The struggles of approaching changes to routine functions are difficult for anyone, but with a loved one who has Alzheimer’s, the encounter can also become a sensitive area of discussion. There can be many day-to-day adjustments for people with Alzheimer’s and driving skills is just one of those sensitive areas that may need to be addressed sooner better than later.
So, for the safety of our loved ones, the difficult question becomes:
When do we restrict or take away driving privileges?
As we age, there are a lot of natural circumstances that affect our driving that aren’t necessarily Alzheimer’s related. Our eyesight diminishes, our hearing diminishes, our reflexes get slower, our judgement and timing can become impaired. We also tend to take more medications that can slow our reaction time.
In this Elder Law Minute, Wes Coulson, Illinois Elder Law attorney, discusses Alzheimer’s and Driving and the steps you can take when approaching this sensitive subject with your loved ones.
Alzheimer’s and Driving
Hi, I’m Wes Coulson and this is your Elder Law Minute. Once of the most difficult, practical challenges for a family with an Alzheimer’s member is addressing that difficult decision about:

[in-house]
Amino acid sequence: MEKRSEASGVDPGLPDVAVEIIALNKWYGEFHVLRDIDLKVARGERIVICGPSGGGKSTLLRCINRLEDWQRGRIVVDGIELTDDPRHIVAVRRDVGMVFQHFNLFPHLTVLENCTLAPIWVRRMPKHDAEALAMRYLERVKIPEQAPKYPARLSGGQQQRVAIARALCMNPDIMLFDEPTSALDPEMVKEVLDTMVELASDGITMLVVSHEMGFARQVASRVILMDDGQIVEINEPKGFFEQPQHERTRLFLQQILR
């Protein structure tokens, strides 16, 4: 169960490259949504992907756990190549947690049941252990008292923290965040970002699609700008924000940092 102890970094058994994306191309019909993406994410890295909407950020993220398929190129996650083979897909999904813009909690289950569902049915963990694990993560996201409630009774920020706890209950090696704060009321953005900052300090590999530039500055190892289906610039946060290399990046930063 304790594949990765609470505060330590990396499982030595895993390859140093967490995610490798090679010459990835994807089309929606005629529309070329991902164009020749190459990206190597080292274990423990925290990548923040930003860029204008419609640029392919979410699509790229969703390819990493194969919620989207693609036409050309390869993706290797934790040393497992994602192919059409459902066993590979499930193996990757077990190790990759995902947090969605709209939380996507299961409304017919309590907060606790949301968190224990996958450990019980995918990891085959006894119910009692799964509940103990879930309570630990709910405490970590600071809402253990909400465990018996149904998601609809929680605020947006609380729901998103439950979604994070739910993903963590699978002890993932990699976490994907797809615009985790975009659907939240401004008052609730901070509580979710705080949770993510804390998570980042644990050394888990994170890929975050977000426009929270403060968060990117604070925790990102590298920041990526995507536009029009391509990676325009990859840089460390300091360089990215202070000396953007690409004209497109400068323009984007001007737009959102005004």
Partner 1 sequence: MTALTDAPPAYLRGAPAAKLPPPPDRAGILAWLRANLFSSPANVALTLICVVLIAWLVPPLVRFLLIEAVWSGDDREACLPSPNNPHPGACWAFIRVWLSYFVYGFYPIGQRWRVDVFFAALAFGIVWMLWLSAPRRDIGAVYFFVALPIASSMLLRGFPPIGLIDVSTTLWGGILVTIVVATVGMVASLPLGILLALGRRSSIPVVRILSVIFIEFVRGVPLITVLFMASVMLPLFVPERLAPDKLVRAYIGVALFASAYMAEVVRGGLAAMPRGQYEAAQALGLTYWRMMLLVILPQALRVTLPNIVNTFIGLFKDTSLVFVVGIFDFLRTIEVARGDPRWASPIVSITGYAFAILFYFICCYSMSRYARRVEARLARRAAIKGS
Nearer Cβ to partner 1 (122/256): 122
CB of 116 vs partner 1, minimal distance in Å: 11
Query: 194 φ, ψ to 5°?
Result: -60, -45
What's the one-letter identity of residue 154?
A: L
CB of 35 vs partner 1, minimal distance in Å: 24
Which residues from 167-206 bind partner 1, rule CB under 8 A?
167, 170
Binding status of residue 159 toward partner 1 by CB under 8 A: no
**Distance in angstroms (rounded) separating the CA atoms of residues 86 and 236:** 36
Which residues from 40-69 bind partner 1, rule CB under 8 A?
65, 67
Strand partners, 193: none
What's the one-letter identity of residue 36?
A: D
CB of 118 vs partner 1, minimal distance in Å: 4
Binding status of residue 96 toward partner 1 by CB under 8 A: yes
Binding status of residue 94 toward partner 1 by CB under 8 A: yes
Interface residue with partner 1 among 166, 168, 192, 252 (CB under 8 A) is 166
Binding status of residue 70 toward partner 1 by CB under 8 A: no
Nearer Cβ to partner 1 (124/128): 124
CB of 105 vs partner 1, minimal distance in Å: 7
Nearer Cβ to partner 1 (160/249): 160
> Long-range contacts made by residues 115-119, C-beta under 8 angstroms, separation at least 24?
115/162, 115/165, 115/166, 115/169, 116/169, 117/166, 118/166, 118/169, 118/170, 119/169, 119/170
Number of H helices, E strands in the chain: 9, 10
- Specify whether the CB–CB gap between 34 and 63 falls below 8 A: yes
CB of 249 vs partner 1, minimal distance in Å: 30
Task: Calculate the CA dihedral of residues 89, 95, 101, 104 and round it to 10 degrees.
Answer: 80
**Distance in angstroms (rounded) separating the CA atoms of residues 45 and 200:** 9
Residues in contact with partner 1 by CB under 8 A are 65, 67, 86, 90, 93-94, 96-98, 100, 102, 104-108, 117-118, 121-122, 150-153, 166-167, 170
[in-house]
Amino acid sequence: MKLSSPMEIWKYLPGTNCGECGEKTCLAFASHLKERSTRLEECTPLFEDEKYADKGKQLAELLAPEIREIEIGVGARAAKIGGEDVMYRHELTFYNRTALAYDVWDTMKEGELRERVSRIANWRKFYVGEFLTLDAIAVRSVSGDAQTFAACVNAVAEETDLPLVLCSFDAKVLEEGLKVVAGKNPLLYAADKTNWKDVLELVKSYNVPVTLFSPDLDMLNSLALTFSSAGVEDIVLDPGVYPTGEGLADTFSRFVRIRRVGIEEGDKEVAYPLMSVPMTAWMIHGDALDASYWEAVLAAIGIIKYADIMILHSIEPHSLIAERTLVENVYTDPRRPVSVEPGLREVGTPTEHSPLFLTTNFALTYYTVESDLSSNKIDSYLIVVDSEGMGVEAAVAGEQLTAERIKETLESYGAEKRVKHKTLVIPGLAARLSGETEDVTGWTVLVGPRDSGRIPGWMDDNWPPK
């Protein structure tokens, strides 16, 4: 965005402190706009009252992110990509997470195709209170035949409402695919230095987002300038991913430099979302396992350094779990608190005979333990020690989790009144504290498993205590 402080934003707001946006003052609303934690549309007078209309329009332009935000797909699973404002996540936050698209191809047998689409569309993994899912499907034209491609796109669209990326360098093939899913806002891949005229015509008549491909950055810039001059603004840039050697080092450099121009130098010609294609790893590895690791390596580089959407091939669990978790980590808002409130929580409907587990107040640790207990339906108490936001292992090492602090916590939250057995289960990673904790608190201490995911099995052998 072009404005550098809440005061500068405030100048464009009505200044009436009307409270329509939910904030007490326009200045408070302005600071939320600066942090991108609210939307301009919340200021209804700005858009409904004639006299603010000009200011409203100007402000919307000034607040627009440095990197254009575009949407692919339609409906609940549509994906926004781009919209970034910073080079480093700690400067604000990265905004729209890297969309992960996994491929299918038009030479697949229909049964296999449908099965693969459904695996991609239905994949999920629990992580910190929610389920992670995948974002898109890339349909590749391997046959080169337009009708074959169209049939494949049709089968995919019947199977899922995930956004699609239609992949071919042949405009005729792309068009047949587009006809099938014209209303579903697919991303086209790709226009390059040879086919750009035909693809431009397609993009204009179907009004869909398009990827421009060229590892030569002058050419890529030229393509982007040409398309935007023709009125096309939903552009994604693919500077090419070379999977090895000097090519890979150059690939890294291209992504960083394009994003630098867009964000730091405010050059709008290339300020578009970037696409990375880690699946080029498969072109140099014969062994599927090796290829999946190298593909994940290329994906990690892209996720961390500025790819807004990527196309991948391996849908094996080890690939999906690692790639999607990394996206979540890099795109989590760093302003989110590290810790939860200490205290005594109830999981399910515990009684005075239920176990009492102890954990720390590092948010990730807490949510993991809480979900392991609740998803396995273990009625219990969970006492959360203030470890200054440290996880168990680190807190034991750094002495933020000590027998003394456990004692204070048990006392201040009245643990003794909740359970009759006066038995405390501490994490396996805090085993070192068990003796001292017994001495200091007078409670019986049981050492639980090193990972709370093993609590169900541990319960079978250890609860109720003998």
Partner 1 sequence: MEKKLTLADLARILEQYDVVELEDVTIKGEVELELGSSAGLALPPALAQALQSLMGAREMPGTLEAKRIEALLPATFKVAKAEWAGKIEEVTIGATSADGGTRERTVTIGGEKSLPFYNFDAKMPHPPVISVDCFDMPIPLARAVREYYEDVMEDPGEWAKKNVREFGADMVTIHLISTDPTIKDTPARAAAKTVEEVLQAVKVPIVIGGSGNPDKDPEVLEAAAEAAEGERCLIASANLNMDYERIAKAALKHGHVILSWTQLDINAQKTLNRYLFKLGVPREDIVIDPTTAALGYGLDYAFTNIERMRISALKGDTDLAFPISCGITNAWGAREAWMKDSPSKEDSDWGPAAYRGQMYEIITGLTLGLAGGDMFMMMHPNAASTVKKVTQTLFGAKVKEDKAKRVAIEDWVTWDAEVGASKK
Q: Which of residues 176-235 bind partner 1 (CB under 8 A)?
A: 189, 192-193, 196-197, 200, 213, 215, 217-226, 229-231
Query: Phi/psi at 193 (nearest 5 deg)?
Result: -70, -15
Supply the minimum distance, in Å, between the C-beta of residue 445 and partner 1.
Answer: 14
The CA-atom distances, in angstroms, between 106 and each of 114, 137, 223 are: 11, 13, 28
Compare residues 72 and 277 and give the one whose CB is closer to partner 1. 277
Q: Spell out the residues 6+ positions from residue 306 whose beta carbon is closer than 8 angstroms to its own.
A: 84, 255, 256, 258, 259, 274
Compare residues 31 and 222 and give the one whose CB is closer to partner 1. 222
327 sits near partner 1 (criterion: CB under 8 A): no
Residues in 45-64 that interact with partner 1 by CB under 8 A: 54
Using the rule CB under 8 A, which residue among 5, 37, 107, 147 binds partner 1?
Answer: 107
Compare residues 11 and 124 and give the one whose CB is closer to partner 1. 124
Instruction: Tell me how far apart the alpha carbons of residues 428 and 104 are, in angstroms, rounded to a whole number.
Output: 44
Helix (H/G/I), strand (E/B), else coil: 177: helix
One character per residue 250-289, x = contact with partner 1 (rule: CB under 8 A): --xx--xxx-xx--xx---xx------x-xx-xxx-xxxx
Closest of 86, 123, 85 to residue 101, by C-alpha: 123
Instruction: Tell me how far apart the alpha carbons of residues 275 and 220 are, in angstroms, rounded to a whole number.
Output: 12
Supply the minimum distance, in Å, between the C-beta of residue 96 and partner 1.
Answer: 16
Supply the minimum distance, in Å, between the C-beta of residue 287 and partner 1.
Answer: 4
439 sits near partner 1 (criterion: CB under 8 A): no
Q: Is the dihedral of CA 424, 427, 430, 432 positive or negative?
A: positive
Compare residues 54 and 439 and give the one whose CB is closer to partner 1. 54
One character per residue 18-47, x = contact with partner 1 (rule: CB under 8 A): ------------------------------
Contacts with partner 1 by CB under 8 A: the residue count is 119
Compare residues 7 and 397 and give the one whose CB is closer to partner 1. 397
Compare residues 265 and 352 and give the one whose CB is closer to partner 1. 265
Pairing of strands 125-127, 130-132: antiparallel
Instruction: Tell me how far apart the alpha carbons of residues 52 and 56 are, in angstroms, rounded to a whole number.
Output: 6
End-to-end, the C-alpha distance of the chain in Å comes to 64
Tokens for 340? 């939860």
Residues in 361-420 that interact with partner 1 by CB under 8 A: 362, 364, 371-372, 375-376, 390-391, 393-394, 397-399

When do we start restricting or taking away driving privileges?
One of the first things I want to do is point you in the direction of a very helpful website. It’s www.seniordriving.aaa.com. AAA, the auto club people, have a lot of very valuable information and insights into the process. One of the things I’ve really learned is that I think one of the reasons that those discussions tend to be so confrontational, in a way that they don’t need to be, is that they tend to focus only on Alzheimer’s. But, there are a lot of other circumstances that affect senior driving that are just natural. As we age our eyesight diminishes, our hearing diminishes, our reflexes get slower, our judgement, timing can get impaired. We tend to take more medications that can slow our reaction time.
There are a lot of things that you can talk about in speaking with a senior that don’t raise the issue of “it’s your Alzheimer’s.” But, are persuasive reasons to restrict their driving or maybe have them decide that they can do away with driving anymore. So again, more things to think about. Take a look at the website. Thanks so much.
For more related information on Alzheimer’s, visit these articles:
- My Life is a Struggle but I Don’t Want Help: Senior Resistance to Change and Care
- Second Childhood: Parenting Lessons for Dealing with Elders with Dementia
- Handling the Difficult Conversation about Facility Placement Video Series
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Dent-Coulson Elder Law is dedicated to providing families in the St. Louis area with their Elder Law needs. Our practice areas include Asset Preservation Planning, Veterans Benefits, Medicaid Eligibility, Alzheimer’s Planning, Special Needs Planning, Estate Planning and more. We understand the financial challenges you may face as you and your loved ones grow older. At Dent-Coulson Elder Law, our clients’ well-being is our number one priority. For immediate help, call (877)995-6876 or Contact Us and we will get in touch as soon as possible.